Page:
Unity is concerned about the proposals affecting next year's budget, while the Greens and Farmers Union says it will push the amendments in the parliament even if Unity does not support them.
Representatives of the Greens and Farmers Union and the National Alliance say that the changes will not alter the income and expenditure of next year's budget, which was adopted two weeks ago, however Unity is not sure over the matter.
Unity is awaiting for concrete estimates over the financial implications of these changes, said the party's deputy chairman Edvards Smiltēns.
He said that while Unity are constructive coalition partners, they also expect to know how various groups of people will be affected and whether there's no risk of the changes being challenged in the Constitutional Court.
While the Greens and Farmers Union says it'll push the amendments forward regardless of Unity's objections.
"I think they simply must understand that it must be done, that we'll push it to Saeima even if they don't support it," said Augusts Brigmanis, the leader of the Greens and Farmers Union faction.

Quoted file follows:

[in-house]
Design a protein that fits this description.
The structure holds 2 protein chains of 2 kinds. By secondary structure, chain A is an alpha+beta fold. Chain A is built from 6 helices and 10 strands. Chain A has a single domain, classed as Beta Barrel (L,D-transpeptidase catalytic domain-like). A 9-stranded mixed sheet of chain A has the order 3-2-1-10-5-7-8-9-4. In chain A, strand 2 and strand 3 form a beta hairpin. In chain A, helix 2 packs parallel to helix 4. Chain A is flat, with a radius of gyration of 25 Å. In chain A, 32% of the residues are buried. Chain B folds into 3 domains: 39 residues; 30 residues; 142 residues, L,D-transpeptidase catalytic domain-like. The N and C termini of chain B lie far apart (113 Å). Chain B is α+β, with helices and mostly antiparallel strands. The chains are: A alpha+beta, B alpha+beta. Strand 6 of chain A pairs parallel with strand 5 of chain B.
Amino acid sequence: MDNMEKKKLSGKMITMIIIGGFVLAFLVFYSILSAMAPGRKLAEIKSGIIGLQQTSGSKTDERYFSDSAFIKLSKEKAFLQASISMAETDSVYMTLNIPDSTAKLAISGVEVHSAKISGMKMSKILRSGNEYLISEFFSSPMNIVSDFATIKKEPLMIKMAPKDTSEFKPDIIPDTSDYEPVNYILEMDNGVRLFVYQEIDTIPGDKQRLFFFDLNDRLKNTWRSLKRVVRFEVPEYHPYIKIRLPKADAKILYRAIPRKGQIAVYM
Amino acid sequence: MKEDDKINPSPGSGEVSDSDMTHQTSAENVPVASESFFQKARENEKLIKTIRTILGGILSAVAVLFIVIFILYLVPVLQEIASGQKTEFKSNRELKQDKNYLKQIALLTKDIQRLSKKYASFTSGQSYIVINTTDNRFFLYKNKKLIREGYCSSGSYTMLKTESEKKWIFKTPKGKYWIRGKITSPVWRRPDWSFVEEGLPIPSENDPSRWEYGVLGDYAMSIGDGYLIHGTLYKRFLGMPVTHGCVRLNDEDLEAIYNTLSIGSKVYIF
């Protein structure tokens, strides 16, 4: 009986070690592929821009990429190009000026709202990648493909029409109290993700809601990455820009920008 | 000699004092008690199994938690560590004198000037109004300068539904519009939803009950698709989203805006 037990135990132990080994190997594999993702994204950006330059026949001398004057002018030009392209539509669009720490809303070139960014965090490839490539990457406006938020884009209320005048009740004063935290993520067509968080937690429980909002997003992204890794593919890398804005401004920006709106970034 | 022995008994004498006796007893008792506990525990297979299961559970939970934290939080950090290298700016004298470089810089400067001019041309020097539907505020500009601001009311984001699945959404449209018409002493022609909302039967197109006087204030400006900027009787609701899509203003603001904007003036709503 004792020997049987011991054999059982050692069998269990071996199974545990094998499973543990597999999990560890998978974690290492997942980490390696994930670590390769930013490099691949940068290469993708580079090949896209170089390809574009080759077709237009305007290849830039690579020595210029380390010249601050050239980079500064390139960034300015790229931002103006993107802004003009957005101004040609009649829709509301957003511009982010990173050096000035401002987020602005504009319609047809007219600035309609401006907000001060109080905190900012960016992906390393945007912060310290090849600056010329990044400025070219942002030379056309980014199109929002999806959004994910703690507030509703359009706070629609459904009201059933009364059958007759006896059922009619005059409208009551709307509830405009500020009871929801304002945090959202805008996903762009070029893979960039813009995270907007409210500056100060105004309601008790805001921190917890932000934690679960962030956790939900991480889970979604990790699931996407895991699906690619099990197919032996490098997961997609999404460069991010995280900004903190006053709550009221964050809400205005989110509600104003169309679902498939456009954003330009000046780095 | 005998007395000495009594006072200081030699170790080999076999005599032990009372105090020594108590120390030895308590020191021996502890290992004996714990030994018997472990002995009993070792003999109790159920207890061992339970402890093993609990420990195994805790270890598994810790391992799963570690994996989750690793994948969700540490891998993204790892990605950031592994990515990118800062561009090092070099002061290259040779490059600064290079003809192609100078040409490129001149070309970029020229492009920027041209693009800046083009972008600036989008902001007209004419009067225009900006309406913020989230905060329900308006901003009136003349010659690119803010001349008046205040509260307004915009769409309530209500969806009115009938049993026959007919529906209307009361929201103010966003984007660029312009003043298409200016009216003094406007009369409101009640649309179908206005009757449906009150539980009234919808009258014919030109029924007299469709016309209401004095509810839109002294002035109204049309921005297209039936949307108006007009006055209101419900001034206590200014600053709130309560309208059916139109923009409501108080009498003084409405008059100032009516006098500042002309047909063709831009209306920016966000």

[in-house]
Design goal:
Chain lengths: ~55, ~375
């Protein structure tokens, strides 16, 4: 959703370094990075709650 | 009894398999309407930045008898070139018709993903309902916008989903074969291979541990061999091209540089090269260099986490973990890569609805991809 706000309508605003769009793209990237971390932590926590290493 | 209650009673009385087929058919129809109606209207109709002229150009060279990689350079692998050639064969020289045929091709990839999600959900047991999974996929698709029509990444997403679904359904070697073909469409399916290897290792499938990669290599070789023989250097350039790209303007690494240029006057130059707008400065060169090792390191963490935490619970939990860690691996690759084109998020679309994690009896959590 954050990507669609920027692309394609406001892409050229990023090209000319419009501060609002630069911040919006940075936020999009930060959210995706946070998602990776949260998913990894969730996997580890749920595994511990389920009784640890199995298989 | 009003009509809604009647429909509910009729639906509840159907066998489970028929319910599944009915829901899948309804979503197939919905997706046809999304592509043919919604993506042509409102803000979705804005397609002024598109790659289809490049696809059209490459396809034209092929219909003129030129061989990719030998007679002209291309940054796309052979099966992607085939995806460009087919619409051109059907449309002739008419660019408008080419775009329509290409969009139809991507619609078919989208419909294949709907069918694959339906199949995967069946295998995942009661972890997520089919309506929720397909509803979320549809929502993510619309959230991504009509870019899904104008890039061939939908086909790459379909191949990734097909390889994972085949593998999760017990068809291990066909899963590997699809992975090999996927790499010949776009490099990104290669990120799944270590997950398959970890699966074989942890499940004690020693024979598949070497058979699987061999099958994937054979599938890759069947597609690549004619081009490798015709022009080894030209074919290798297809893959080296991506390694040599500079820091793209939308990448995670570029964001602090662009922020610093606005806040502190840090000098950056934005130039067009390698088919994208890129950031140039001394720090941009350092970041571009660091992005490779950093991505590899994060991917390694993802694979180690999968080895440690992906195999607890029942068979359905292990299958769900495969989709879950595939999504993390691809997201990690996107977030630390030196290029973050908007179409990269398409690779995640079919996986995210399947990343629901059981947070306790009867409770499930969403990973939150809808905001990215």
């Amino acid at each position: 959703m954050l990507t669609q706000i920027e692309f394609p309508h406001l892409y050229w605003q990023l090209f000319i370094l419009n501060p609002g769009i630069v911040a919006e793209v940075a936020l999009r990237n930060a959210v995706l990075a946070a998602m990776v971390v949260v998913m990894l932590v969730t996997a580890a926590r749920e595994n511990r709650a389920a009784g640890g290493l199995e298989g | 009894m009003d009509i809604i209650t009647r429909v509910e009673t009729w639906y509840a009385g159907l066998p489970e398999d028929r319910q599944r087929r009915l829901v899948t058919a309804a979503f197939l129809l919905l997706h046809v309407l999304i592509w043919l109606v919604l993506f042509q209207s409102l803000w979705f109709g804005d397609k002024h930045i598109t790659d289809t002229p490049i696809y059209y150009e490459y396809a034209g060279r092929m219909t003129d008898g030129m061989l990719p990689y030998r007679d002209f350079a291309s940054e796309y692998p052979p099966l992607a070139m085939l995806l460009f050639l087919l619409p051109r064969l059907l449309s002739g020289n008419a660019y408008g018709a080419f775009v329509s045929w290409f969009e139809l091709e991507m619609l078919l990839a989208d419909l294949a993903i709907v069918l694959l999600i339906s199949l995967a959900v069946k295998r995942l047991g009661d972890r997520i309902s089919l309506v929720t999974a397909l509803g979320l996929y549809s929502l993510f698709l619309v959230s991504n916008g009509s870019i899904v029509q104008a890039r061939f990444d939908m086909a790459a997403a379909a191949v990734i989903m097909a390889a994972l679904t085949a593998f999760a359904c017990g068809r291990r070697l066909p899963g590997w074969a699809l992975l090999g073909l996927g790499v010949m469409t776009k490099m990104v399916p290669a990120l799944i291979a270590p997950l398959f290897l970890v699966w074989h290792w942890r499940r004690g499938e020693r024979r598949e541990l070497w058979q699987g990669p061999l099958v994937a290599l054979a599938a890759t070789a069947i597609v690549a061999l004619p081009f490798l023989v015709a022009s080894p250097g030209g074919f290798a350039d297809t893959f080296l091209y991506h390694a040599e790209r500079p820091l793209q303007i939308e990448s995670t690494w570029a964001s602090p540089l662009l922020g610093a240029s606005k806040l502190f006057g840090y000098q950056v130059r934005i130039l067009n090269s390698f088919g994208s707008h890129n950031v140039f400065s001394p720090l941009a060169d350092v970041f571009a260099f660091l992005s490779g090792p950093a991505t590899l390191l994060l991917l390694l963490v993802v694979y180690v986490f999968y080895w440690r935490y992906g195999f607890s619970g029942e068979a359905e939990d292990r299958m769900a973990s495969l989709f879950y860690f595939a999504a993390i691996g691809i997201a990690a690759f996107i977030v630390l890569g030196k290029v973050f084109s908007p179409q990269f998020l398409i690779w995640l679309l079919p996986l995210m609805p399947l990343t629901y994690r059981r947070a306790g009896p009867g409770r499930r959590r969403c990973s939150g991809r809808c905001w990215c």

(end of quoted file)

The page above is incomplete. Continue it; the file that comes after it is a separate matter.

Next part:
These events are indicative of a bad quality of political work, as important decisions are being discussed two weeks after adopting the budget in hopes that they'll be run through quickly, politics expert Ivars Ījabs told Latvian Radio.
He said that the Finance Ministry is among those to be held responsible.
Ījabs pointed that while the government is stable, Unity is simply questioning the ruling party and have reason enough to do so, because everyone has to be careful with tax changes being rolled in so suddenly.
On November 23 more than 200 people protested against phasing out the microenterprise tax regime, but PM Kučinskis confirmed that the tax will still be removed gradually.
Small business owners also voiced disquiet over the decision to introduce minimum social insurance contributions for payers of the microenterprise tax.